The United Nations World Health Organization (WHO) is about to finalise the negotiations on a global treaty which is aimed at tobacco, the legal killer.
Unlike other potentially lethal drugs, tobacco (or more correctly, the tar, saltpetre and nicotine contained in cigarettes, cigars and pipe tobacco) is not only legal, but is institutionally accepted. Governments make millions in taxation, thousands of jobs are guaranteed and the smoker, although he can read the health warning on the packet he buys, is left with a false sense of security: if it is sold legally, it cannot be that bad, his subconscious tells him.
The global agreement on tobacco products will curb the advertising, promotion, sales and smuggling of tobacco and its by-products. It is hoped that the Framework Convention on Tobacco Control (FCTC) will be an important tool in the fight against different forms of cancer (tongue, lips, mouth, throat, lung, trachea, oesophagus, breast, stomach and intestine), heart disease and other cardiovascular diseases, and emphysema.
Luis Felipe de Seixas Correa of Brazil, the leader of the Framework Convention’s negotiating team, declared that it is intended to “ensure that we end up with a treaty which is an effective tool for improving public health”.
Between 17th and 28th February, a final text will be drafted by the UNO’s 192 member states and will be submitted to the World Health Assembly in May. After this, it will be a question of putting words into action. At the end of the day, it is up to the smokers to decide to quit.
However, more and more young people are taking up cigarette smoking, many of whom are girls. The act of lighting up a cigarette is an act of independence, a declaration that the individual of the twenty-first century has the freedom to choose his/her leisure activities, even those which potentially bring into question the power of life over death. Playing with fire, the adolescent of today is different from the adolescent of, say, the 1970s, because the public health awareness is that much clearer.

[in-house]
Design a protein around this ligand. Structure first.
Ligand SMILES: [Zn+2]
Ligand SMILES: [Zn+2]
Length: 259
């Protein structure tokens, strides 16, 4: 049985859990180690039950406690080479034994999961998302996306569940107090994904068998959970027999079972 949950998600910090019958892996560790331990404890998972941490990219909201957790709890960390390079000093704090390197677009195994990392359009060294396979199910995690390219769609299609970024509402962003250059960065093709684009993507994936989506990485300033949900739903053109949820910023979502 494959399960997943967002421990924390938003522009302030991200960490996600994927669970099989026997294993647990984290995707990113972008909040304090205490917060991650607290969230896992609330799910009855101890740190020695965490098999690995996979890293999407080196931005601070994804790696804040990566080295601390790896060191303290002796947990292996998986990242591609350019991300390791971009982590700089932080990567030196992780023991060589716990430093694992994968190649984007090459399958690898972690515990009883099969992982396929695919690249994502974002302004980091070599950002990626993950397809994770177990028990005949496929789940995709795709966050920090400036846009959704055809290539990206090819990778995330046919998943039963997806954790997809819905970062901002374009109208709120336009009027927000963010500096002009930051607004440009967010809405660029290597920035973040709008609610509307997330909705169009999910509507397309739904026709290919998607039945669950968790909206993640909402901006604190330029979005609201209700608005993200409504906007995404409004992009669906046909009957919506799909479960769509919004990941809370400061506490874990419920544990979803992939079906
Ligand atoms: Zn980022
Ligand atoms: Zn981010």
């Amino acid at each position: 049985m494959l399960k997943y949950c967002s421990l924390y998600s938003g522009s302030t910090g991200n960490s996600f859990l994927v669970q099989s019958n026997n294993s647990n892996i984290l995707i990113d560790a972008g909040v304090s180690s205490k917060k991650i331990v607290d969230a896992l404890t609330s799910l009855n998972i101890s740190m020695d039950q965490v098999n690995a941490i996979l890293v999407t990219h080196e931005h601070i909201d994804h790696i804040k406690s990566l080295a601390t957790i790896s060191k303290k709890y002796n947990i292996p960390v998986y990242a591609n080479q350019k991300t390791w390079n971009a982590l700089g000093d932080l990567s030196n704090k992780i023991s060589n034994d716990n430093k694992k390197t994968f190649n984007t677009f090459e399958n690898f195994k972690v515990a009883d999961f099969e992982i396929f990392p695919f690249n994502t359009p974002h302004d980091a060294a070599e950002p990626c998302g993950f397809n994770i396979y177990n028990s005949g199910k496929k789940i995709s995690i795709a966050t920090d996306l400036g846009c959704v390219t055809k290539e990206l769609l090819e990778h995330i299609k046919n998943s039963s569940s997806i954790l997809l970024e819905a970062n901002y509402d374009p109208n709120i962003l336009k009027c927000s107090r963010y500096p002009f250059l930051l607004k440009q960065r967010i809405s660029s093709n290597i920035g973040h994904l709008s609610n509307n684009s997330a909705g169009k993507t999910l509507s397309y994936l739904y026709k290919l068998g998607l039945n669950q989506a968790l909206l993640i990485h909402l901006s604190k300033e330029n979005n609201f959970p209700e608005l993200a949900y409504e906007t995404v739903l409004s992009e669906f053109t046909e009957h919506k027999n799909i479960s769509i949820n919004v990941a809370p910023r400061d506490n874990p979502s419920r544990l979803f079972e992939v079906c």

Today’s adolescent, upon lighting the cigarette, is staking a claim to adulthood, saying “I have grown up”. The tragedy is the addictive qualities of the nicotine, which disguise themselves with the act of buying and lighting the cigarette (or cigar, or pipe), are stronger than many people think. An ex-heroin addict interviewed by Pravda.Ru stated that it was easier to give up heroin than nicotine.
Experts involved in programmes to help people stop smoking have backed up this opinion. At the end of the day, everyone agrees that the smoker has to want to give up, otherwise the subconscious will conjure up images of stress, when the smoker needs to pass his inadequacies onto the packet of cigarettes, or the act of lighting a cigar, or pipe. For instance, waiting in a departure lounge at an airport, making a telephone call, having a meeting, going out for a drink in a bar, going for a meal in a restaurant.
All of these are social situations, in which the nervousness of the smoker is dissipated by lighting the tobacco, blowing it out or breathing it in, passing the attention of the on-looker (real or perceived) onto the activity of the fingers.
Once the smoker can decipher the message, coming to terms with the fact that it is not necessary to light a cigarette to have a good meeting, and so on, learning to be happy being a non-smoker and wanting to be a non-smoker, everything falls into place.
Those who can do so get a high from suddenly not consuming nicotine. They taste their food, they enjoy their drinks, they wake up feeling great, they enjoy the act of breathing fresh air, they find they have more energy, curiously, more concentration, are much happier and sleep far more deeply. This is the reality which the UNO wants to make policy.
The hypocrisy with which the tobacco companies sell their wares and warn about their dangers will hopefully be a thing of the past.
Timothy BANCROFT-HINCHEY PRAVDA.Ru
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